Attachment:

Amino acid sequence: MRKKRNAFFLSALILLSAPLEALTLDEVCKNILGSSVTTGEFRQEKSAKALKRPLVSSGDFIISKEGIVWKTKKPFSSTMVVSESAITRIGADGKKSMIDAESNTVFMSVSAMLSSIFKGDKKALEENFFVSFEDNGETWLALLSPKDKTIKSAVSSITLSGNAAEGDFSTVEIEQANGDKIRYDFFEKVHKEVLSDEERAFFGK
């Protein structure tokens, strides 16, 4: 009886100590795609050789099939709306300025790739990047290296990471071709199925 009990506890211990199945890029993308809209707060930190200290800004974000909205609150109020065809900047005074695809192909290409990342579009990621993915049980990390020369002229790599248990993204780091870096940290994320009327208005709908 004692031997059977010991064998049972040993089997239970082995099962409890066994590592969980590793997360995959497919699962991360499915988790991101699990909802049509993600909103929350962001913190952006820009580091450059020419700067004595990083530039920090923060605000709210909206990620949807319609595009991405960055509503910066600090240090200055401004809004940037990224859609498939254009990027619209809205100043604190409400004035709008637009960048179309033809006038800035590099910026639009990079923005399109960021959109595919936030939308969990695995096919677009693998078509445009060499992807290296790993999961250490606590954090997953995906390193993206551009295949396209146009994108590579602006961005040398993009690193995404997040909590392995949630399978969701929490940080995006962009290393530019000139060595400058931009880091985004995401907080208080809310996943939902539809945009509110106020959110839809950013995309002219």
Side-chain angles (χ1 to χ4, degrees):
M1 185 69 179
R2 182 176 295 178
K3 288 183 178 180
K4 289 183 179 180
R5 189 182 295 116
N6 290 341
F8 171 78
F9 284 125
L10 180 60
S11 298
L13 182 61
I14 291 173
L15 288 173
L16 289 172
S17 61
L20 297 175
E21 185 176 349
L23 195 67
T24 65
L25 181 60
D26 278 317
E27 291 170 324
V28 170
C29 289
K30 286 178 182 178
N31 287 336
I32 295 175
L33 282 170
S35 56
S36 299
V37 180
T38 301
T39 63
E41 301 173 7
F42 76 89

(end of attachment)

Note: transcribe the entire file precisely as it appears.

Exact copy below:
Amino acid sequence: MRKKRNAFFLSALILLSAPLEALTLDEVCKNILGSSVTTGEFRQEKSAKALKRPLVSSGDFIISKEGIVWKTKKPFSSTMVVSESAITRIGADGKKSMIDAESNTVFMSVSAMLSSIFKGDKKALEENFFVSFEDNGETWLALLSPKDKTIKSAVSSITLSGNAAEGDFSTVEIEQANGDKIRYDFFEKVHKEVLSDEERAFFGK
């Protein structure tokens, strides 16, 4: 009886100590795609050789099939709306300025790739990047290296990471071709199925 009990506890211990199945890029993308809209707060930190200290800004974000909205609150109020065809900047005074695809192909290409990342579009990621993915049980990390020369002229790599248990993204780091870096940290994320009327208005709908 004692031997059977010991064998049972040993089997239970082995099962409890066994590592969980590793997360995959497919699962991360499915988790991101699990909802049509993600909103929350962001913190952006820009580091450059020419700067004595990083530039920090923060605000709210909206990620949807319609595009991405960055509503910066600090240090200055401004809004940037990224859609498939254009990027619209809205100043604190409400004035709008637009960048179309033809006038800035590099910026639009990079923005399109960021959109595919936030939308969990695995096919677009693998078509445009060499992807290296790993999961250490606590954090997953995906390193993206551009295949396209146009994108590579602006961005040398993009690193995404997040909590392995949630399978969701929490940080995006962009290393530019000139060595400058931009880091985004995401907080208080809310996943939902539809945009509110106020959110839809950013995309002219």
Side-chain angles (χ1 to χ4, degrees):
M1 185 69 179
R2 182 176 295 178
K3 288 183 178 180
K4 289 183 179 180
R5 189 182 295 116
N6 290 341
F8 171 78
F9 284 125
L10 180 60
S11 298
L13 182 61
I14 291 173
L15 288 173
L16 289 172
S17 61
L20 297 175
E21 185 176 349
L23 195 67
T24 65
L25 181 60
D26 278 317
E27 291 170 324
V28 170
C29 289
K30 286 178 182 178
N31 287 336
I32 295 175
L33 282 170
S35 56
S36 299
V37 180
T38 301
T39 63
E41 301 173 7
F42 76 89